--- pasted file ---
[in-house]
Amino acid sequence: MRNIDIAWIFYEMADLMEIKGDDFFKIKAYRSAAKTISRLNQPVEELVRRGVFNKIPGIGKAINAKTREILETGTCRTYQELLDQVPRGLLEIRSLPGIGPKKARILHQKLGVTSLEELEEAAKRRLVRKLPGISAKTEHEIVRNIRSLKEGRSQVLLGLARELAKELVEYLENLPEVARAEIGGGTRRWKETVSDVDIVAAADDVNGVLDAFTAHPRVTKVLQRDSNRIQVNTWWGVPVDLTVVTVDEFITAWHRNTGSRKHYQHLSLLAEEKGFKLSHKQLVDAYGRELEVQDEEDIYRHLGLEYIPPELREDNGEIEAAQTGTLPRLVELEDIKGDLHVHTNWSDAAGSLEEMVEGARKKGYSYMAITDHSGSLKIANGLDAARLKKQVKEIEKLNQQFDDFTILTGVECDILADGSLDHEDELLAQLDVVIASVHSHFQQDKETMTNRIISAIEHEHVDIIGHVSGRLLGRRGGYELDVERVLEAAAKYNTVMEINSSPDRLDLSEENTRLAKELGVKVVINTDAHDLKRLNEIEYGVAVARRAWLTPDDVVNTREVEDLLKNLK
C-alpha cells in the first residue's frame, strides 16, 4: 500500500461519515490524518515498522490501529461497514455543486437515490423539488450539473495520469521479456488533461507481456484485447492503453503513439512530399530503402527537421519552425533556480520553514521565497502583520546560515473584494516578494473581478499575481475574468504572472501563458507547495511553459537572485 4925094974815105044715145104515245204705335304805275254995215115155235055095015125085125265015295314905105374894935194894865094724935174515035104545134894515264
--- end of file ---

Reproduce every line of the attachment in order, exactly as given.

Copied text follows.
[in-house]
Amino acid sequence: MRNIDIAWIFYEMADLMEIKGDDFFKIKAYRSAAKTISRLNQPVEELVRRGVFNKIPGIGKAINAKTREILETGTCRTYQELLDQVPRGLLEIRSLPGIGPKKARILHQKLGVTSLEELEEAAKRRLVRKLPGISAKTEHEIVRNIRSLKEGRSQVLLGLARELAKELVEYLENLPEVARAEIGGGTRRWKETVSDVDIVAAADDVNGVLDAFTAHPRVTKVLQRDSNRIQVNTWWGVPVDLTVVTVDEFITAWHRNTGSRKHYQHLSLLAEEKGFKLSHKQLVDAYGRELEVQDEEDIYRHLGLEYIPPELREDNGEIEAAQTGTLPRLVELEDIKGDLHVHTNWSDAAGSLEEMVEGARKKGYSYMAITDHSGSLKIANGLDAARLKKQVKEIEKLNQQFDDFTILTGVECDILADGSLDHEDELLAQLDVVIASVHSHFQQDKETMTNRIISAIEHEHVDIIGHVSGRLLGRRGGYELDVERVLEAAAKYNTVMEINSSPDRLDLSEENTRLAKELGVKVVINTDAHDLKRLNEIEYGVAVARRAWLTPDDVVNTREVEDLLKNLK
C-alpha cells in the first residue's frame, strides 16, 4: 500500500461519515490524518515498522490501529461497514455543486437515490423539488450539473495520469521479456488533461507481456484485447492503453503513439512530399530503402527537421519552425533556480520553514521565497502583520546560515473584494516578494473581478499575481475574468504572472501563458507547495511553459537572485 4925094974815105044715145104515245204705335304805275254995215115155235055095015125085125265015295314905105374894935194894865094724935174515035104545134894515264